Courageous men who are willing to take on more responsibility are a blessing to a congregation. (1 Tim. 3:1) However, some may be reluctant to reach out. Perhaps a brother has made mistakes in the past, and now he feels that he is not worthy of being a ministerial servant or an elder. Another brother might have feelings of inadequacy about fulfilling an assignment. If you feel that way, Jehovah can help you develop courage. (Phil. 4:13) Remember, at one point, Moses did not feel qualified for an assignment. (Ex. 3:11) Yet, Jehovah helped him, and in time, Moses developed courage to accomplish the work. A baptized brother can develop similar courage by seeking God’s help in earnest prayer and by daily reading the Bible. Meditating on accounts of courage will also help. He can humbly ask the elders for training and make himself available to help in whatever way is needed. w17.09 32 ¶19
The word of our God endures forever.—Isa. 40:8.
Christians today need not think that the work of translating the Septuagint, Wycliffe’s Bible, the King James Version, or any other translation was inspired by God. Nevertheless, when we review the history of these and many other translations that have been published, it gives support to this fact: Just as Jehovah promised, his Word has endured. Does that not strengthen your faith that all the other promises Jehovah has made will likewise come true? (Josh. 23:14) Besides strengthening our faith, reviewing how the Bible has endured through the ages deepens our love for Jehovah. After all, why did he provide his Word in the first place? And why did he guarantee that it would survive? Because he loves us, and he wants to teach us how to benefit ourselves. (Isa. 48:17, 18) Naturally, it is fitting that we respond to Jehovah’s love by loving him in return and by obeying his commandments.—1 John 4:19; 5:3. w17.09 21-22 ¶13-14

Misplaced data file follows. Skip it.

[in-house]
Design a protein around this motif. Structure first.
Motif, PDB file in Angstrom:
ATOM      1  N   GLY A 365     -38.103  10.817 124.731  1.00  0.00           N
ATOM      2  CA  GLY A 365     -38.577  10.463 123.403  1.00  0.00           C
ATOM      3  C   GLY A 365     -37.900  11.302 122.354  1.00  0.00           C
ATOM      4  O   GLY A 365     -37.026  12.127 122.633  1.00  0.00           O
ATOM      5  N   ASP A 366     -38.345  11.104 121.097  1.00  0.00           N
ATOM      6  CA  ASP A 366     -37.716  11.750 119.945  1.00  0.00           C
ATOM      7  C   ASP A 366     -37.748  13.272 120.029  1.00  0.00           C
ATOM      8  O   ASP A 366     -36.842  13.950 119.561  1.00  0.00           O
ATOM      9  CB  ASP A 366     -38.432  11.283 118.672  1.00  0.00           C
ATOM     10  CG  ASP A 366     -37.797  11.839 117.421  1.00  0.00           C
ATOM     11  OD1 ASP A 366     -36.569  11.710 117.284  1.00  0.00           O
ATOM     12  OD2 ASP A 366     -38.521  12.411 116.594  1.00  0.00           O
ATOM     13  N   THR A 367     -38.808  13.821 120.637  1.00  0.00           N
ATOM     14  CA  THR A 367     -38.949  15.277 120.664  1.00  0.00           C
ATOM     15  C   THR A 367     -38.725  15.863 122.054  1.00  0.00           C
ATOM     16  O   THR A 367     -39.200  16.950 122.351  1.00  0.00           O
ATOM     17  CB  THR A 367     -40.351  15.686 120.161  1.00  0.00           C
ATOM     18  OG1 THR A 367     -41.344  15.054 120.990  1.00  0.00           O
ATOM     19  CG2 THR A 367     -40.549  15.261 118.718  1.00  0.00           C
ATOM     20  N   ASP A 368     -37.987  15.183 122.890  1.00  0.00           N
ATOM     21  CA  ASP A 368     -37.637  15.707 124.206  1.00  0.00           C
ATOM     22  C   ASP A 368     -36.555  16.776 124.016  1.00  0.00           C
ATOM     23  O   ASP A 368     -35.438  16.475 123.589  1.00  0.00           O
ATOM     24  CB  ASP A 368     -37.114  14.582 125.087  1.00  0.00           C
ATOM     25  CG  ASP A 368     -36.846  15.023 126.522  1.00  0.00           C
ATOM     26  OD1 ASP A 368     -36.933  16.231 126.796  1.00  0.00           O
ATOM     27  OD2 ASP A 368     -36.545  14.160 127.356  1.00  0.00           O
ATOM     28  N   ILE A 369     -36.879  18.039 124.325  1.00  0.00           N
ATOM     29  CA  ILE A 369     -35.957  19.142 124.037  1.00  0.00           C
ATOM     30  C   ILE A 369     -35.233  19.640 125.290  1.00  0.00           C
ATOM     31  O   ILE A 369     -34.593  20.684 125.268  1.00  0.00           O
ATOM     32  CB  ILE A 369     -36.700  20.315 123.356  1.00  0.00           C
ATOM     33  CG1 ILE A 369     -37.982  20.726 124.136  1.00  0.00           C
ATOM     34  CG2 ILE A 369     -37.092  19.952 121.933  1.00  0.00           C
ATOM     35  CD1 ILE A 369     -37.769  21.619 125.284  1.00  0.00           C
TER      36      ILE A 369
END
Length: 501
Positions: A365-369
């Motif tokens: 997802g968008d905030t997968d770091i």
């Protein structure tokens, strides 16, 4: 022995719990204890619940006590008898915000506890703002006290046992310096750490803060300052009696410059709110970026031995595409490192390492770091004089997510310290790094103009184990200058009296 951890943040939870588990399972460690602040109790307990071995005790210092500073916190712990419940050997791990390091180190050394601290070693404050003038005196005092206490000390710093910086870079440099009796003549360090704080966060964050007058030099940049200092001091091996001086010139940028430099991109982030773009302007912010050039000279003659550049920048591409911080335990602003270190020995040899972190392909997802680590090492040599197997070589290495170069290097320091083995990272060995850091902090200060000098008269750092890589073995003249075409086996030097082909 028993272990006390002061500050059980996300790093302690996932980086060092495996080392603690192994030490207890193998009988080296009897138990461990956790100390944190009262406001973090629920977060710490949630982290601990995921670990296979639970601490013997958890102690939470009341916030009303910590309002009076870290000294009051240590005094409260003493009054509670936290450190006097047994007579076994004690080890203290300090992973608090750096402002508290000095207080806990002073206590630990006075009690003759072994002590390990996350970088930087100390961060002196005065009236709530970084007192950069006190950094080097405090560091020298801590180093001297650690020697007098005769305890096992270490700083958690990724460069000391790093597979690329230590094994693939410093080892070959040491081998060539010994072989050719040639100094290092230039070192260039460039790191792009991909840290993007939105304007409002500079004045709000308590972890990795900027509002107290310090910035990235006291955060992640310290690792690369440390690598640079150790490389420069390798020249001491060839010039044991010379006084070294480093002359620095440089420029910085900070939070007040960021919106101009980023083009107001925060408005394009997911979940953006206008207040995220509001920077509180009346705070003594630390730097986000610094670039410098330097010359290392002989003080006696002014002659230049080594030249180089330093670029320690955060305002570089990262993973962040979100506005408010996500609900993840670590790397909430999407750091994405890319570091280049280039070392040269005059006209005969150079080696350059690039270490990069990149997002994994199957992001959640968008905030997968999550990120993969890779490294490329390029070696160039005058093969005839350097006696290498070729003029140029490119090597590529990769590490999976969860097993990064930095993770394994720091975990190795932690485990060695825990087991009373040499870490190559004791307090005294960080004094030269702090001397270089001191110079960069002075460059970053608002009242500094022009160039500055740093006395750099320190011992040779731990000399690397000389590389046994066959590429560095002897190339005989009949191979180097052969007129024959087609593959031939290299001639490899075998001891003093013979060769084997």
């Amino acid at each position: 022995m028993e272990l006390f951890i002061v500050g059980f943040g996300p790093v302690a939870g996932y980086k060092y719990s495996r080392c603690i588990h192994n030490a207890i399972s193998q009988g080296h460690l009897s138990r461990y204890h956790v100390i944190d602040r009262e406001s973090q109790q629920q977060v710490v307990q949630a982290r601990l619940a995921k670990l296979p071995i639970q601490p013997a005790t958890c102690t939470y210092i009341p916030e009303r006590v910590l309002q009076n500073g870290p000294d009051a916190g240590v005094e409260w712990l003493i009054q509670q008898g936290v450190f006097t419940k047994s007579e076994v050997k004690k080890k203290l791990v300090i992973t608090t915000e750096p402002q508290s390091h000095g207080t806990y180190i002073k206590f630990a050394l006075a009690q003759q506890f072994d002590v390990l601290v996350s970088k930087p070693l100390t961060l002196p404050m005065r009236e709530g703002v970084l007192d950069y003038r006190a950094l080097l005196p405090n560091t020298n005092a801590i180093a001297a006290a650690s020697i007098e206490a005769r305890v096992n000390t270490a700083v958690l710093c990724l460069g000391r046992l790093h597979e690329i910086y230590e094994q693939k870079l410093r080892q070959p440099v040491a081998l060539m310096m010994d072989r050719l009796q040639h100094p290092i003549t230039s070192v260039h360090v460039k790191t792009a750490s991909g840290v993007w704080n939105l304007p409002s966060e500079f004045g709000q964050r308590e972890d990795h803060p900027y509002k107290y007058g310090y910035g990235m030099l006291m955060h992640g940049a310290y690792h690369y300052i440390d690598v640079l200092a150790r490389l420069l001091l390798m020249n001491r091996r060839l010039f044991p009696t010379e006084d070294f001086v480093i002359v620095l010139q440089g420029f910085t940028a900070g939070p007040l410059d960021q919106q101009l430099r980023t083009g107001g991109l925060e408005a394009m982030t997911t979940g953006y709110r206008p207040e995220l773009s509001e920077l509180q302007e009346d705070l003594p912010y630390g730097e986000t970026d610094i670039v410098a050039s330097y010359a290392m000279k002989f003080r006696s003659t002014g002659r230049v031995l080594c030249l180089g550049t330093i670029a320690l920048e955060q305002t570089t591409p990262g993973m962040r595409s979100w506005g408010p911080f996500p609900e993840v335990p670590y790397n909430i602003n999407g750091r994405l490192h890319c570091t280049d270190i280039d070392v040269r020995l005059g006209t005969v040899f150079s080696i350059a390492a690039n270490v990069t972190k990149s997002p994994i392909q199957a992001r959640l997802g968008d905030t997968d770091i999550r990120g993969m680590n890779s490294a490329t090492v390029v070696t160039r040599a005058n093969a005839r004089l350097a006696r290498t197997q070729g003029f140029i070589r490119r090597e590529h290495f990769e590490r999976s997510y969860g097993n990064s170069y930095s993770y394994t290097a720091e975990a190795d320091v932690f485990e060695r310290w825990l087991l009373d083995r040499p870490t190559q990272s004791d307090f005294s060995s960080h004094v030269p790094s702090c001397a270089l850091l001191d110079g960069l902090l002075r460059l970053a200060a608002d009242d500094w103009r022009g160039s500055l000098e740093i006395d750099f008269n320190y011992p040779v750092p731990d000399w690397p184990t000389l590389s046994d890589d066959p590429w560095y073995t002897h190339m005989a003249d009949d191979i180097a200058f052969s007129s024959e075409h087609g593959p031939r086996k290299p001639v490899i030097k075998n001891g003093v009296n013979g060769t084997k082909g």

Honor your father and your mother.—Eph. 6:2.